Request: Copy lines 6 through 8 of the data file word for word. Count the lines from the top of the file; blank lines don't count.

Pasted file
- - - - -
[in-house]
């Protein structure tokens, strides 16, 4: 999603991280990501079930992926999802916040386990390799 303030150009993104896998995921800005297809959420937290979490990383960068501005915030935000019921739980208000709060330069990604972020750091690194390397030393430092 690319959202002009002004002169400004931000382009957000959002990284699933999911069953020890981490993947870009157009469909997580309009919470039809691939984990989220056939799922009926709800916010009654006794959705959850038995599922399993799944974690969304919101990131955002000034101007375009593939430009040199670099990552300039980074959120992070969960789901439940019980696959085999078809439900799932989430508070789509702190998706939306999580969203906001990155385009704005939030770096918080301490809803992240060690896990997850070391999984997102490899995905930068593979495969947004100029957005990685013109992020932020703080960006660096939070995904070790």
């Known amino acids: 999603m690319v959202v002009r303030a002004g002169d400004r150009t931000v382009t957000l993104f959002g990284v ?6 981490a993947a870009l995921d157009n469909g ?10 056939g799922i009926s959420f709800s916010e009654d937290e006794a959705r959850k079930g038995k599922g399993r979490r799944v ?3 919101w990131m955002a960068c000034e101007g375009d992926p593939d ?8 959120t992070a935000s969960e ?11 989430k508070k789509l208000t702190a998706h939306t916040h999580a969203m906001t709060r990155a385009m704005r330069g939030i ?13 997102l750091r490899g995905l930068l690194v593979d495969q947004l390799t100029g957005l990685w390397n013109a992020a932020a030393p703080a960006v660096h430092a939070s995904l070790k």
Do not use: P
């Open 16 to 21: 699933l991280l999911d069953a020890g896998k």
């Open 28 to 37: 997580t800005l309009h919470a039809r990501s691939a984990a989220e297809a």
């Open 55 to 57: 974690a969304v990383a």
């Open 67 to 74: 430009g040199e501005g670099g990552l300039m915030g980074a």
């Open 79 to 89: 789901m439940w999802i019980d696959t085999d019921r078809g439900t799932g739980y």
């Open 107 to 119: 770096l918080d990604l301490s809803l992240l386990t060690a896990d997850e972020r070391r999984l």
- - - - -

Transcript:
């Open 28 to 37: 997580t800005l309009h919470a039809r990501s691939a984990a989220e297809a």
């Open 55 to 57: 974690a969304v990383a």
């Open 67 to 74: 430009g040199e501005g670099g990552l300039m915030g980074a």